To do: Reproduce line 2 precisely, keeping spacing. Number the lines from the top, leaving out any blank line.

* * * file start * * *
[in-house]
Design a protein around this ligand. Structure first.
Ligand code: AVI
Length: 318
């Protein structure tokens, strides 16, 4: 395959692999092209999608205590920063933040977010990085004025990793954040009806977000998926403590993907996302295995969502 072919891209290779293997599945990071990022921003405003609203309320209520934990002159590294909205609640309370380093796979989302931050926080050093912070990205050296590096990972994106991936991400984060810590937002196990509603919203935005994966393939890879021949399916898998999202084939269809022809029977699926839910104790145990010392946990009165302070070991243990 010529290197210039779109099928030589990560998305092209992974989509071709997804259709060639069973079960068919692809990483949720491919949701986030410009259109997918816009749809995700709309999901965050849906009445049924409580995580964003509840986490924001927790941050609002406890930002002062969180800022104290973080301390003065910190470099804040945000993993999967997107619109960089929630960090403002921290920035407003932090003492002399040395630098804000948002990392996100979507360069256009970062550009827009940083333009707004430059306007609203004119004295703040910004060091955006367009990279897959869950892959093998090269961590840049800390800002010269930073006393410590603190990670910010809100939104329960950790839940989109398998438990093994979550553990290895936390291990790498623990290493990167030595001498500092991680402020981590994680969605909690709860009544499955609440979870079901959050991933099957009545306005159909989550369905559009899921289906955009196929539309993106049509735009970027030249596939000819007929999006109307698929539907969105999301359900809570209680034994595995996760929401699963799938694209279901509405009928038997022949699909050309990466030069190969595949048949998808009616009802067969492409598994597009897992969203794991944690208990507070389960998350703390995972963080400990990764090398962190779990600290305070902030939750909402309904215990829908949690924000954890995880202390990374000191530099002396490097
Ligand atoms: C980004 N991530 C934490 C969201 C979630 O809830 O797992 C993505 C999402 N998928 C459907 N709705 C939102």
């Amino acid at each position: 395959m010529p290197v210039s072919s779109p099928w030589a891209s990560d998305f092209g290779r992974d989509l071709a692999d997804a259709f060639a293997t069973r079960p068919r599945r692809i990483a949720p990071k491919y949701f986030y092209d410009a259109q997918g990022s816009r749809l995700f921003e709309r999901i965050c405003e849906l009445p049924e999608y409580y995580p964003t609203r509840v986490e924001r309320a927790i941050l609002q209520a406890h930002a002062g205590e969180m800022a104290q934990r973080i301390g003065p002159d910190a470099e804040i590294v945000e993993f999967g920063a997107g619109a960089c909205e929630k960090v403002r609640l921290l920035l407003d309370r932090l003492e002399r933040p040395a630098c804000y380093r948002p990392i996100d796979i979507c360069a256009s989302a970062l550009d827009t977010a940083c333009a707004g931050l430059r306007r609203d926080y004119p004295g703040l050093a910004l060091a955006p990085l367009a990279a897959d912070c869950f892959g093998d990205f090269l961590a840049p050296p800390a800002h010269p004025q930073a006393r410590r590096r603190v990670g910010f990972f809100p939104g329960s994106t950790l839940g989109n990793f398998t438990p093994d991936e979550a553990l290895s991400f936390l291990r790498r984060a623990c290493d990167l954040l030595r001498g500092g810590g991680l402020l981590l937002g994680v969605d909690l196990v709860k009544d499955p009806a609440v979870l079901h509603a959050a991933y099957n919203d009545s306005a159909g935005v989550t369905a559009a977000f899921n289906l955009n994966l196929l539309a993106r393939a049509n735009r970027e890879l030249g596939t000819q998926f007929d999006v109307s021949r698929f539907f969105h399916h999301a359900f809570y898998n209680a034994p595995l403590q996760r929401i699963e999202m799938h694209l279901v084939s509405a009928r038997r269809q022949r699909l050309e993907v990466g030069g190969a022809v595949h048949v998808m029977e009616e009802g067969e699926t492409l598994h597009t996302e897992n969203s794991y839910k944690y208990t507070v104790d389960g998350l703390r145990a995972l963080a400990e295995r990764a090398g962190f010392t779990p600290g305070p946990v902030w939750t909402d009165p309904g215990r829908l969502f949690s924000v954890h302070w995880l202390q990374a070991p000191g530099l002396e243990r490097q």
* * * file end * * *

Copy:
Design a protein around this ligand. Structure first.